Citigroup's outgoing chief executive came under fire yesterday for mistakes that have led to regulatory penalties during a conference call to discuss quarterly results.

Analysts questioned his pay and why he is not leaving the US bank immediately. 

In unusually direct exchanges, analysts pressed CEO Mike Corbat to explain what management is doing to fix technical and operational problems that have plagued Citigroup for years and led the bank to erroneously send $900m of its own funds to Revlon creditors in August. 

That blunder led to costly litigation between Citigroup and the recipients, as well as regulatory consent orders, a $400m penalty and lots of embarrassment. 

Last month, Citigroup announced that Corbat would retire earlier than expected, to be replaced in February by Jane Fraser. 

Several analysts asked why Corbat did not make more progress in overhauling creaky technology or generating better returns for shareholders during his tenure. 

They also criticised what they described as a lack of accountability, noting that executive compensation should be better tied to risk management and shareholder returns. 

Mike Corbat described steps Citigroup is taking to repair issues identified by the Federal Reserve and Office of the Comptroller of the Currency, and defended the progress Citigroup has made since he took charge. 

When asked how much the overhaul might ultimately cost, the bank's chief financial officer Mark Mason said it would be "hard to pinpoint a number" beyond the $1 billion Citigroup is spending this year. 

Earlier, Citigroup detailed a 34% decline in third-quarter profit as the coronavirus recession hurt its consumer bank.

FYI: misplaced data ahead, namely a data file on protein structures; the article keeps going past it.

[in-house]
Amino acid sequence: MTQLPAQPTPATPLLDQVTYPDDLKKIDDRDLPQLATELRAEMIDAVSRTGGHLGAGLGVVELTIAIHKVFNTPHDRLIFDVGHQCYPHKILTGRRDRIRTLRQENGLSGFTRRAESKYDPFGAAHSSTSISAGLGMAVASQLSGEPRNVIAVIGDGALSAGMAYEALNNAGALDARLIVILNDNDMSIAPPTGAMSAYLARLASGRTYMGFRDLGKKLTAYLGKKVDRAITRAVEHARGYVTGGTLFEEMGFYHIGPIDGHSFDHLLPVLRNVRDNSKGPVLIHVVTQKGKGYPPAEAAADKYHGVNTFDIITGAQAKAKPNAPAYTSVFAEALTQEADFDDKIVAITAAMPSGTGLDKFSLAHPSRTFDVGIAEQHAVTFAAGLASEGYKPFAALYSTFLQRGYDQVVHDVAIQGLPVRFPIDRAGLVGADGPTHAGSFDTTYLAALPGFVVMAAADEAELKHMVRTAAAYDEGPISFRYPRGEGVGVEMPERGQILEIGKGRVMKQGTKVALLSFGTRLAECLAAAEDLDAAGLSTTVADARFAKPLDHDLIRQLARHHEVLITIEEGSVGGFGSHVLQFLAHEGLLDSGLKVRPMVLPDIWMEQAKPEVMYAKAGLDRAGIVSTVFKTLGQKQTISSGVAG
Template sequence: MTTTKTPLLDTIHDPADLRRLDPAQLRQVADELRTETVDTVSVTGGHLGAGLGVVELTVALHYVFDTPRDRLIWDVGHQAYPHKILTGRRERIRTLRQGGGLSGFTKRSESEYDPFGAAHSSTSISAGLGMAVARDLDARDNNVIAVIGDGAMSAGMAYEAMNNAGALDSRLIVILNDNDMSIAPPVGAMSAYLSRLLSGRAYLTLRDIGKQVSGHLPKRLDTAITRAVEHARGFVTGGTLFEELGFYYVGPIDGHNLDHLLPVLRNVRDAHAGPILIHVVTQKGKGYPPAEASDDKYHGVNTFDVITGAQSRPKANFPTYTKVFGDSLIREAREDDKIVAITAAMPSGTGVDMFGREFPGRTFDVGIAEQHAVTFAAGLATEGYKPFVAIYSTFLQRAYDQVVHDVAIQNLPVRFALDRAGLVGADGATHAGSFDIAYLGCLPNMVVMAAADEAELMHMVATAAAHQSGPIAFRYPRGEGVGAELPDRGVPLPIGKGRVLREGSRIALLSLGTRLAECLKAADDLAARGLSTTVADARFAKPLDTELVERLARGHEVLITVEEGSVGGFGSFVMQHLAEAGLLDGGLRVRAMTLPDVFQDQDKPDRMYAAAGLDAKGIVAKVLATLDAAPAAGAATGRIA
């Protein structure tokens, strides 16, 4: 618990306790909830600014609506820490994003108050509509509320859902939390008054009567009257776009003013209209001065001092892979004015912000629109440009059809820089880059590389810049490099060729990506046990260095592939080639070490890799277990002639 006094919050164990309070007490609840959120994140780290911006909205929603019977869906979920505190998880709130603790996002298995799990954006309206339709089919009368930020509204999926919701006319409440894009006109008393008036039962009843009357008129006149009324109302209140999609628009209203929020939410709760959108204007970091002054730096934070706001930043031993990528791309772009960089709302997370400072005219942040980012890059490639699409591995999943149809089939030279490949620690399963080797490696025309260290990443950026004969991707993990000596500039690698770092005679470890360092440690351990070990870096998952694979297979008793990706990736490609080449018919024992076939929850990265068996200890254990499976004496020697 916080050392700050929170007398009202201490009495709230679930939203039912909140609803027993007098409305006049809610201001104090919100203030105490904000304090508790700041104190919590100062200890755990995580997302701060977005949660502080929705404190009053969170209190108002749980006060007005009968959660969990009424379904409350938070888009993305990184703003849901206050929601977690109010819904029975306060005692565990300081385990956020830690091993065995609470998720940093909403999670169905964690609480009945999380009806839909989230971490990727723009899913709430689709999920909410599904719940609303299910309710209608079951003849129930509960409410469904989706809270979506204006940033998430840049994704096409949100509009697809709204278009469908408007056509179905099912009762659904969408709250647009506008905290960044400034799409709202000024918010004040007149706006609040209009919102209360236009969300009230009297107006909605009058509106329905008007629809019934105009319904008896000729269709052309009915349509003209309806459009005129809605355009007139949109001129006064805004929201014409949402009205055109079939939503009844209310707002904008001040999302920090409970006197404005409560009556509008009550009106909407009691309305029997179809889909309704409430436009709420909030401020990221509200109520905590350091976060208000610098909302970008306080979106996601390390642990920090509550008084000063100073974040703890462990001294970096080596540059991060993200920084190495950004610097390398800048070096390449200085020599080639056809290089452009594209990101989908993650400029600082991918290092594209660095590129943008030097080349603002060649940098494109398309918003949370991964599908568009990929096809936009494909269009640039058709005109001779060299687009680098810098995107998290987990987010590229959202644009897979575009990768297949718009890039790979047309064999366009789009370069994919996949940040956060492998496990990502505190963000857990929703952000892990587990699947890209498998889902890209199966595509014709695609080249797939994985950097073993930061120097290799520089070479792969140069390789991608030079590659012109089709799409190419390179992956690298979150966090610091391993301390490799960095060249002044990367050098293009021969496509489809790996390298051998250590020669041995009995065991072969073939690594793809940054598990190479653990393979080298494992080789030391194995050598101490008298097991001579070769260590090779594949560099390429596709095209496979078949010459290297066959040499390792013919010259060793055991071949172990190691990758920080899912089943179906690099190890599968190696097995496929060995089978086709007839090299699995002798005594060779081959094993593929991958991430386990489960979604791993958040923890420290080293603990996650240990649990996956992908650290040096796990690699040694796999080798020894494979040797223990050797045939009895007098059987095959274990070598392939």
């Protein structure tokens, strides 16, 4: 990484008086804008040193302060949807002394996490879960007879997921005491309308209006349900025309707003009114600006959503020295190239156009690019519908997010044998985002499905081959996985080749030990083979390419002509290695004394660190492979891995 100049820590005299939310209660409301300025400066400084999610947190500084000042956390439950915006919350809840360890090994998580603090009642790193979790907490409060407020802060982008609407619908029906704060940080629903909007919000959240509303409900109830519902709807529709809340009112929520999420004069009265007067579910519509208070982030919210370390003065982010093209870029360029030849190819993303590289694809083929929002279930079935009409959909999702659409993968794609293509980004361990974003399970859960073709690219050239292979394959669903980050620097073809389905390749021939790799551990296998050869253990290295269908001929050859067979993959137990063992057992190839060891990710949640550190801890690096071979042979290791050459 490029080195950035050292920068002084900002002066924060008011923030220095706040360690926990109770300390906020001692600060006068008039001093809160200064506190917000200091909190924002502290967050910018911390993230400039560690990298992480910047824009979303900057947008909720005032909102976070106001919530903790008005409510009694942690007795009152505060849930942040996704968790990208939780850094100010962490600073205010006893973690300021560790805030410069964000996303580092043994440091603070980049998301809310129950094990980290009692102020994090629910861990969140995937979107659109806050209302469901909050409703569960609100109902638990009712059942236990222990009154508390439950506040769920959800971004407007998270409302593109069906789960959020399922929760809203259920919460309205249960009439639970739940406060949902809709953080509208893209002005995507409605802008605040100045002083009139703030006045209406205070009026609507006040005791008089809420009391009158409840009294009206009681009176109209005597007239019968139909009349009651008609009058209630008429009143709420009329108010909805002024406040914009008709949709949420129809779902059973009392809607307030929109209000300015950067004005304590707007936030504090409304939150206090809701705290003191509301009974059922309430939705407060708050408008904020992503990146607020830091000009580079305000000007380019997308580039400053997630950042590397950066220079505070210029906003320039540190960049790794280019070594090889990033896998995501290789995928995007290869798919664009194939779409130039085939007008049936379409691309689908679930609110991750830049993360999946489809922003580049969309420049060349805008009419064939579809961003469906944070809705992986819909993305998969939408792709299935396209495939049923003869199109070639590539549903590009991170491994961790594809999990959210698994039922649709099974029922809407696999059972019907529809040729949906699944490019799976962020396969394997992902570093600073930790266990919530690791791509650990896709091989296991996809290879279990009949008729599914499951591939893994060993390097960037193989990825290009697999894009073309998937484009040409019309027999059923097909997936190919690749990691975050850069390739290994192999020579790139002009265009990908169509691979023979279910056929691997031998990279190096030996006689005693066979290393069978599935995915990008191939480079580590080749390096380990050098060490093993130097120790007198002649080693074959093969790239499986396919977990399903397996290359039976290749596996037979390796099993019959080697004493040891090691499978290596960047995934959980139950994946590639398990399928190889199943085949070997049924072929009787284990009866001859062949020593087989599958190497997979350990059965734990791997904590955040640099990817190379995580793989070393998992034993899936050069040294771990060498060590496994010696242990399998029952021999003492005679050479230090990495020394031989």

Its net income of $3.2 billion, or $1.40 per share, still topped analyst expectations of 93 cents per share. But the results were weaker than crosstown rival JPMorgan Chase & Co, whose quarterly profit rose, and Citigroup's management offered a bleaker outlook.

Citigroup added about $314m to credit loss reserves in the quarter, compared to the $15 billion it had set aside in the first half of the year. 

Revenue in North American branded cards, the growth engine for Citi's consumer bank going into the year, fell 12% as its credit card customers closed accounts and spent less. 

The bank, one of the largest credit card issuers globally, said end-of-period open accounts across its portfolio dropped by 4%, or more than 5 million, and purchase sales slid 10%. 

But Citi's trading business was a bright spot, with a 16% jump in revenue helping to offset consumer weakness. 

Jane Fraser, who was not on the call, has said that overhauling risk management and internal controls will be her priority. 

Analysts will probably get a chance to engage with her on the next quarterly call, Corbat said. 

Regulators have curtailed Citigroup's ability to make significant acquisitions until its operational issues are fixed. Similar problems caused Citigroup to fail or barely pass its annual stress tests in prior years. 

Shareholders are concerned that the consent orders and $400m fine are only the beginning of regulatory fallout for Citigroup, said Bank of America analyst Erika Najarian. 

She likened the situation to scandal-plagued Wells Fargo & Co, which has faced a long series of fines, lawsuits and regulatory penalties since its phony-accounts scandal began unraveling in 2016. 

Corbat said the two situations were not comparable because, unlike Wells Fargo, Citigroup did not dupe customers or seek to profit from the Revlon error. Instead, it lost money.

"No fraud, no customer harm, no benefit around that," he said.